England to shut pubs, restaurants and most shops as virus surges
By Mark Landler and Stephen Castle
Prime Minister Boris Johnson on Saturday announced plans to shut down pubs, restaurants and most retail shops throughout England, a stark reversal in the face of grim projections that the country could face a deadly winter from the coronavirus unless it takes draconian action.
Johnson presented the measures as part of a new tier of restrictions that will cover all of England. But the steps, which would take effect Thursday and last until Dec. 2, amount to a nationwide lockdown — something Johnson resisted for weeks because of the damage he said it would do to the economy.
“We’ve got to be humble in the face of nature,” Johnson said at a hastily called news conference at No. 10 Downing St. “In this county, alas, as across much of Europe, the virus is spreading even faster than the reasonable worst-case scenarios of our scientific advisers.”
The measures, announced after a tense day of meetings of Johnson’s Cabinet, would bring England into line with France, Germany, Belgium and Ireland, all of which have shut down large parts of their countries in recent days amid a rapid-fire resurgence in infections.
As in March, when the virus first engulfed Europe, England has been slower to respond than some of its European neighbors. That equivocation, critics say, has deepened the misery for the country, which has suffered one of Europe’s highest death tolls and heaviest economic blows from the pandemic.
Even as a second wave of infections swept in last month, Johnson was caught between a faction of his Conservative Party, which argued that another lockdown would devastate the economy, and his scientific advisers, who argued that it was unavoidable, given the exponential spread of the virus.
Under the current trajectory, the scientists said, hospitals would be stretched to capacity by the first week of December, even including the giant field hospitals that the government built, but never used, last spring.
Johnson had initially planned to roll out the new measures this coming Monday, but reports of the government’s deliberations leaked out Friday evening, forcing the prime minister to move up his timetable.
“They have no choice,” said Devi Sridhar, head of the global public health program at the University of Edinburgh. “It’s better today than tomorrow, and it would have been better yesterday than today.”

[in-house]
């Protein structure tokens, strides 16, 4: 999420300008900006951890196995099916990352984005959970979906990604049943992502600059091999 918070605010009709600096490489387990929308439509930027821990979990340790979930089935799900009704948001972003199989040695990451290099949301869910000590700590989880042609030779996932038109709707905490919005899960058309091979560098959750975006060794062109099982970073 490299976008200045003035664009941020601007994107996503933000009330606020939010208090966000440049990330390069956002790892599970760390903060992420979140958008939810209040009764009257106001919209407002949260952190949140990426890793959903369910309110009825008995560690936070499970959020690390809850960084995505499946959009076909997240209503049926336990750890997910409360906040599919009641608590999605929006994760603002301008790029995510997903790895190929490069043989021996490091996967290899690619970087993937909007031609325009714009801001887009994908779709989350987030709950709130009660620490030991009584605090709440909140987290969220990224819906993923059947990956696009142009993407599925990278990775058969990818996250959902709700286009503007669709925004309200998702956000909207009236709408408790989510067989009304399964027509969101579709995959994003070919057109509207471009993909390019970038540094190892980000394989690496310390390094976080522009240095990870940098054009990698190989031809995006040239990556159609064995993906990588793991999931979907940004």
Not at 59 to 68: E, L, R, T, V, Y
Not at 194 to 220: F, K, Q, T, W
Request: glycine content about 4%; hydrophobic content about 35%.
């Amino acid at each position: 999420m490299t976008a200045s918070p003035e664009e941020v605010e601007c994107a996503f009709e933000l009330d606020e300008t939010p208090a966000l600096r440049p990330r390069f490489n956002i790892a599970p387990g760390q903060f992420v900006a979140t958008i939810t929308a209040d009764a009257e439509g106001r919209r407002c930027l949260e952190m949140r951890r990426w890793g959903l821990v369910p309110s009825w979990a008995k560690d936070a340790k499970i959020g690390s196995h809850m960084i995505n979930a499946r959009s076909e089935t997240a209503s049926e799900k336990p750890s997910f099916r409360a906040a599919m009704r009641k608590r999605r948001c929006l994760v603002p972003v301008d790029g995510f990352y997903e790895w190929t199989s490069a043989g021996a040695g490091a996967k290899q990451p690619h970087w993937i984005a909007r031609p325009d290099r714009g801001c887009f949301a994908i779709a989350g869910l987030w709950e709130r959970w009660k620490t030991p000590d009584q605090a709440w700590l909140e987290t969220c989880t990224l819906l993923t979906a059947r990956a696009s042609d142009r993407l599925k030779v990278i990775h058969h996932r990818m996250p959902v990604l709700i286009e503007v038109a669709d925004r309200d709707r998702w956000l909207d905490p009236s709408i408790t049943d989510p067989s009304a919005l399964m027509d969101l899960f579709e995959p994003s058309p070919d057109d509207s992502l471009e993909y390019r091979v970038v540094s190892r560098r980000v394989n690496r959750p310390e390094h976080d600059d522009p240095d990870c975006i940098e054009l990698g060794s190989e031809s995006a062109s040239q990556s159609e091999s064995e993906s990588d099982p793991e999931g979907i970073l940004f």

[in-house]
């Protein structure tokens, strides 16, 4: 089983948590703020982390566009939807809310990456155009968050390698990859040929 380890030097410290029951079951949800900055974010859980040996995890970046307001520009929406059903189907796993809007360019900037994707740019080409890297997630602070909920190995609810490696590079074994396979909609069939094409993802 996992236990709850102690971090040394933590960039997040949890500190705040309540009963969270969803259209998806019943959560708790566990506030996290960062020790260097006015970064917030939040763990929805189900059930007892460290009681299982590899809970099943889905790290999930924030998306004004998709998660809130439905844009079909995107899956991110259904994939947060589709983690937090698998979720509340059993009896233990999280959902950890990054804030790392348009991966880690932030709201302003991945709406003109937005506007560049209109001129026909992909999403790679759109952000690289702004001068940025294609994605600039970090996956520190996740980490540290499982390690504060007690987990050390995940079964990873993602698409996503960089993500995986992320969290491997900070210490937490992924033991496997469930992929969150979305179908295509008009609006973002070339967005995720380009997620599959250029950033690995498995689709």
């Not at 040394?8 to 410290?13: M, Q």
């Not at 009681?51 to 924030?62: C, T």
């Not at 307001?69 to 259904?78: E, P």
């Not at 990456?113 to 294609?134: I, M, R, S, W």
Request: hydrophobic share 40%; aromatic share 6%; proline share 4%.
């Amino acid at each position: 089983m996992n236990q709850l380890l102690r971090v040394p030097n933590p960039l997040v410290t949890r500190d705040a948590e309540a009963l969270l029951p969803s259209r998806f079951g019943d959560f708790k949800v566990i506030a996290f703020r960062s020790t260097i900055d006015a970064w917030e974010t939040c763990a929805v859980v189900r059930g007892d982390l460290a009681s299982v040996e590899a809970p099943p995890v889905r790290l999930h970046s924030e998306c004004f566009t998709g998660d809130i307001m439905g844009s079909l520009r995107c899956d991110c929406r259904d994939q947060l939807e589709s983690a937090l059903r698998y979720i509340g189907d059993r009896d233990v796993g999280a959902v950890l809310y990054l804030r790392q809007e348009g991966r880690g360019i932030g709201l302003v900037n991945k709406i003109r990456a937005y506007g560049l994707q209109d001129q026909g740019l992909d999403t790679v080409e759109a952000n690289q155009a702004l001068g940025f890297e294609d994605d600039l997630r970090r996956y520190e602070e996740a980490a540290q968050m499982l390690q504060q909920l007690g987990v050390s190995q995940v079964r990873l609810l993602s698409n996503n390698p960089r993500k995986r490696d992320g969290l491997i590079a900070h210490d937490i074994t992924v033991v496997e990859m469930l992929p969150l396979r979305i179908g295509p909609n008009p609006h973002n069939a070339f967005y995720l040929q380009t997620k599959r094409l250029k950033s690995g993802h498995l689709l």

The government said the measures would be voted on by Parliament on Wednesday, and there were indications that some Conservatives would try to block them. But with an 80-seat majority in Parliament and the support of the opposition Labour Party, there was little chance that these measures wouldn’t be adopted.
To cushion the economy from the worst effects of the lockdown, Johnson said the government would extend until December a wage-subsidy program for people whose jobs are threatened by the measures.
Under the plans, people would be required to stay at home unless their workplaces, such as factories or construction sites, need them. They would be allowed to go to school or college and leave home for a few other reasons, like buying food or seeking medical attention. But nonessential shops would be closed, people would be urged not to travel, except for business, and pubs and restaurants would only be allowed to serve take out food.
Scotland, Wales and Northern Ireland have already instituted similar restrictions, leaving England as an outlier within the United Kingdom.
On Saturday, Britain reported 21,915 new infections, passing a grim milestone of 1 million people who have tested positive. It admitted 1,444 patients to the hospital with symptoms of COVID-19, the illness caused by the virus. Nearly 1,000 patients are in intensive care units, while 326 people died on Saturday alone.
Britain’s total death toll from the virus is 58,925, one of the highest in Europe.
For weeks, politics has colored the debate over how to curb the virus. The leader of the opposition Labour Party, Keir Starmer, called on Johnson in mid-October to impose a two-week lockdown that scientists said would act as a “circuit breaker” on the chain of transmissions. He cited a report from SAGE that warned Britain faced a “very large epidemic with catastrophic consequences.”
Johnson accused Starmer of failing to take into account the economic fallout from such a lockdown, which has led influential Cabinet ministers, including the chancellor of the Exchequer, Rishi Sunak, to raise alarms.
Imposing the lockdown now, analysts said, could hurt Johnson within his party because it will look like he is buckling to pressure from the opposition. But polls indicate that the British public is more sympathetic.
Locking down the economy in November is also a way to salvage Christmas. By cutting the transmission rate, the government could relax restrictions in December to allow families and friends to celebrate together.
British papers have been full of headlines about whether Johnson will “cancel Christmas.” He has insisted that he wants university students to be reunited with their families during the holidays.
While medical experts generally applauded the planned lockdown, some questioned why the government did not act sooner, like during the midterm school break, which began earlier this month, as public-health experts proposed.
Others said the government still had not fixed its test-and-trace system, which continues to fall far short of its goals. Until it does that, experts said, Britain would not be able to identify or break the chains of transmission — setting the stage for further outbreaks after the lockdown is lifted.
“You use lockdowns to build up test and tracing,” Sridhar said. “We will be stuck in these cycles of lockdown and release until they decide we can’t live with this virus because it’s killing our economy.”